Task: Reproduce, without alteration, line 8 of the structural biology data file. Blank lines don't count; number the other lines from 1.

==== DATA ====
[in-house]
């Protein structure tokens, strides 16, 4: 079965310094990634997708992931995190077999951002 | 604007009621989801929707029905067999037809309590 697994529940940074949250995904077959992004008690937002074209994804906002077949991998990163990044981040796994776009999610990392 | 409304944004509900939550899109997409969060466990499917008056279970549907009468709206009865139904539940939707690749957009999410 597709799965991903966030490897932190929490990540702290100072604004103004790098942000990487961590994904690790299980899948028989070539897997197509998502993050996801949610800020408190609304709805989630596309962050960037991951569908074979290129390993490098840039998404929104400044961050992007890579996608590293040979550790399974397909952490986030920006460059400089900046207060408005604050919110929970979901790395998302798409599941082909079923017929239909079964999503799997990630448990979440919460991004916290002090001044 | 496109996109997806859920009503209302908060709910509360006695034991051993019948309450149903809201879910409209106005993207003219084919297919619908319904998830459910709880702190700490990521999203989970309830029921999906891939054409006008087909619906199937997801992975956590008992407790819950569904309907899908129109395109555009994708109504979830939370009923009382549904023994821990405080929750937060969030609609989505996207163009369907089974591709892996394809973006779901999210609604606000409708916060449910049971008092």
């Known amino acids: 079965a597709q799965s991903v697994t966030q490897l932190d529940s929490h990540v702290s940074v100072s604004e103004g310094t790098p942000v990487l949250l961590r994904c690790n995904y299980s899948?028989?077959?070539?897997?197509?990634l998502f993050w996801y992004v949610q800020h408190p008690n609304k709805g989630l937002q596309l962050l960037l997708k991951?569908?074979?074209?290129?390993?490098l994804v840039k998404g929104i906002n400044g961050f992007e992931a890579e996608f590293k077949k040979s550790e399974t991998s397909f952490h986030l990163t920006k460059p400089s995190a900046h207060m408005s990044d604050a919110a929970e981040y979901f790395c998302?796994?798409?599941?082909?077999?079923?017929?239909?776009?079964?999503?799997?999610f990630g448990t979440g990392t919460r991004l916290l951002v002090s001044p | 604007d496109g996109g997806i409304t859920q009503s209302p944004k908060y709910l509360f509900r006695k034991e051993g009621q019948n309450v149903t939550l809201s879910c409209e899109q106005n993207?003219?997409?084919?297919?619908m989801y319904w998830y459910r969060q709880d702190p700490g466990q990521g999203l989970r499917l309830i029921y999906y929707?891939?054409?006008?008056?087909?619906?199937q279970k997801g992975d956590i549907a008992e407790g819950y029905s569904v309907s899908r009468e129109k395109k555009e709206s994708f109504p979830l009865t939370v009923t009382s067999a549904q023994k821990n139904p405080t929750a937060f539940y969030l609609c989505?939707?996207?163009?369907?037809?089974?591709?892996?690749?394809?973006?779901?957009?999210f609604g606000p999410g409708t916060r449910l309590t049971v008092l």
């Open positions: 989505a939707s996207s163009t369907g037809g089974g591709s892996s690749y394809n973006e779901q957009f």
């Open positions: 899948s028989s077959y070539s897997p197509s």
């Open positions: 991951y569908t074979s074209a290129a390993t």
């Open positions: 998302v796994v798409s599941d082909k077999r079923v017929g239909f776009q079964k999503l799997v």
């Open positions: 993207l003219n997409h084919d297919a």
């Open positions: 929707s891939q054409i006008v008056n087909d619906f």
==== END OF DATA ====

């Open positions: 993207l003219n997409h084919d297919a």